It has become depressingly clear this week that the global credit crunch is now percolating through to the real economy. Yesterday it was announced that Britain's services sector, which represents about 75 per cent of the economy, shrank in September at its fastest rate since records began 12 years ago; businesses there have been cutting jobs for the past five months, with hotels and restaurants among those hardest hit. Manufacturing has also contracted strongly, with new orders and output at their lowest since the early 1990s.
That the situation is similar in much of the industrialised world, with the exception of China, is small comfort. The 15 per cent depreciation of sterling over the past year has brought scant relief. Among the first to feel the pinch are car manufacturers; Ford is moving to four-day working; the Range Rover night shift has been suspended; luxury car maker Bentley is now on a three-day week; Honda will extend the Christmas holiday at its Swindon plant.
All this comes on top of the steepest annual fall in UK house prices for 17 years (12 per cent down on last year). New housing starts are at their lowest level for 60 years, and the construction industry faces a three-year slump after 13 years of unprecedented growth. Mortgage lending came to a near standstill in August, as approvals for new home loans hit a record low. And times are tough for the nation's shops with the bellwether Marks & Spencer registering its worst performance for three years. Shoppers are veering away from premium quality and switching to bargain stores.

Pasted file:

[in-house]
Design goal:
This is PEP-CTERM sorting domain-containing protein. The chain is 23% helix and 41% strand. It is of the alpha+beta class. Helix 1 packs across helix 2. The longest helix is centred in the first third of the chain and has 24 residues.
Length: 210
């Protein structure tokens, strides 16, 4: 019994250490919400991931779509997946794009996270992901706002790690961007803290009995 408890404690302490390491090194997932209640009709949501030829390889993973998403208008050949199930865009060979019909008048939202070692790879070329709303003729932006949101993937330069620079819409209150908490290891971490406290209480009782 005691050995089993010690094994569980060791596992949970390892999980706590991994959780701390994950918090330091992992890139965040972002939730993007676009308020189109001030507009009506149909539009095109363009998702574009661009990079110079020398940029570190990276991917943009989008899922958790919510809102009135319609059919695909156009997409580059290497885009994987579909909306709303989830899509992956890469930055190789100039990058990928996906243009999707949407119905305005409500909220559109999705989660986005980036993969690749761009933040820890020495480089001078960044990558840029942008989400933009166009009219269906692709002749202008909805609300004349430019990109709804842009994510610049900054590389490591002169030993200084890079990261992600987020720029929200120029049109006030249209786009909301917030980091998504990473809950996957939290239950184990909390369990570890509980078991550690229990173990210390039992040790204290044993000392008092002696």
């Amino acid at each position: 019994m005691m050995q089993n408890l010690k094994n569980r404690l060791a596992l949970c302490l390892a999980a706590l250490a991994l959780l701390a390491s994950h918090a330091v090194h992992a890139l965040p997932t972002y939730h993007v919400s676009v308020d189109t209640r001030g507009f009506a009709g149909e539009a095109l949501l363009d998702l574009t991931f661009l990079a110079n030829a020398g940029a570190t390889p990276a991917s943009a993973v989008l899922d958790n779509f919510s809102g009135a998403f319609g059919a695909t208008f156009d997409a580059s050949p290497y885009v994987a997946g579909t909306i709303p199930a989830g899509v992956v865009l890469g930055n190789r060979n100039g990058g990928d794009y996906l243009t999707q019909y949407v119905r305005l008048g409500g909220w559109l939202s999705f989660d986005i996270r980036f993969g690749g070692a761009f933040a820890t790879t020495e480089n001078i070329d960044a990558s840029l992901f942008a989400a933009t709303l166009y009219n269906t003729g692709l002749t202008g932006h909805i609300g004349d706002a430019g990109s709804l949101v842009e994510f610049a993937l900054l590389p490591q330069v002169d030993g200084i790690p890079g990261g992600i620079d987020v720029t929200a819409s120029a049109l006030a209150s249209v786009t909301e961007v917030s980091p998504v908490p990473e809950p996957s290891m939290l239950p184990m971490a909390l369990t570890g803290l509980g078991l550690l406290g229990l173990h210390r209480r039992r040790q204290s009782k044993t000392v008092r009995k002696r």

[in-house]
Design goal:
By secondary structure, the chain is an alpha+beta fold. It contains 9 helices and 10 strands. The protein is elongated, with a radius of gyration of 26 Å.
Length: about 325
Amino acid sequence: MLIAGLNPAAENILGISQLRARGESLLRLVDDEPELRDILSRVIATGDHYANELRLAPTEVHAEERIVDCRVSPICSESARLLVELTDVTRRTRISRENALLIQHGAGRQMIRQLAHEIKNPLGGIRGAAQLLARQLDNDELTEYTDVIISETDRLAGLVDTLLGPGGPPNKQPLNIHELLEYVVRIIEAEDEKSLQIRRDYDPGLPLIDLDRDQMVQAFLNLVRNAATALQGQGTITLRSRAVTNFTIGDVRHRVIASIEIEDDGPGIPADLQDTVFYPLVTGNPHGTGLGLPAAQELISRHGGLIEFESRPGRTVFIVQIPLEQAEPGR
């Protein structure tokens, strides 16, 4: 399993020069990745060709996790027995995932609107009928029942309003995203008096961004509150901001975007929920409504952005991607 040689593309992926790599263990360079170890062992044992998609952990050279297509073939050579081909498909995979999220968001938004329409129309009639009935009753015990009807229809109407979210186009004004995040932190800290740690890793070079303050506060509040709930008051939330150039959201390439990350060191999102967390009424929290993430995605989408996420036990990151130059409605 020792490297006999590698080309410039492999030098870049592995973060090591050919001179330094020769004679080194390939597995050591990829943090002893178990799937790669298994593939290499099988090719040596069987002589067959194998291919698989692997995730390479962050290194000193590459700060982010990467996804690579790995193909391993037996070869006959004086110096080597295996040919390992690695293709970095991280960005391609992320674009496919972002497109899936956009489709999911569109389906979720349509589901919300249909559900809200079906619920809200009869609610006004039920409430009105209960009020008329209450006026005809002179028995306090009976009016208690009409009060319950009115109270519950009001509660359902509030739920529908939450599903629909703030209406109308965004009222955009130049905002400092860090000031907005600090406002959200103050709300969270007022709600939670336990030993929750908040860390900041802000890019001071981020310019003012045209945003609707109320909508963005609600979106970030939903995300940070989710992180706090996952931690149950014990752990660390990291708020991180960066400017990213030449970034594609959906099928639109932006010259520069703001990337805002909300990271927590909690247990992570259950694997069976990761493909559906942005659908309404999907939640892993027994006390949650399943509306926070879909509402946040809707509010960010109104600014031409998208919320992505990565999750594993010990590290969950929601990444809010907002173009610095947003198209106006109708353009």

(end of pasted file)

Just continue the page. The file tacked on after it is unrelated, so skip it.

Having said that, the signs so far are that this downturn is not on the scale of the one that succeeded the Lawson boom of the early 1990s. Interest rates this time are low and the exchange rate has fallen sharply. And although companies are cutting investment plans and unemployment will rise, the increase will probably not be as fast or high as in the 1990s. We can still hope that what lies ahead is a stagnant or mildly declining economy rather than a full-blown recession.
In the light of this, the temptation will be for the Bank of England to reduce interest rates next week. So long as confidence between banks remains a problem, lower interest rates will not of themselves free up more credit. The Treasury should, however, keep putting more money into the markets through the special liquidity scheme, which could be expanded by increasing the range of assets the banks can offer to the Bank of England as security. And Gordon Brown should make more clear that no major bank will be allowed to fail. Yesterday's decision to increase to £50,000 the Government guarantee on savers' deposits was a step in the right direction, after the Irish government's unlimited guarantee to savers. But a clearer statement that the Government stands behind the banking system would help as the nation battens down the hatches.Reuse content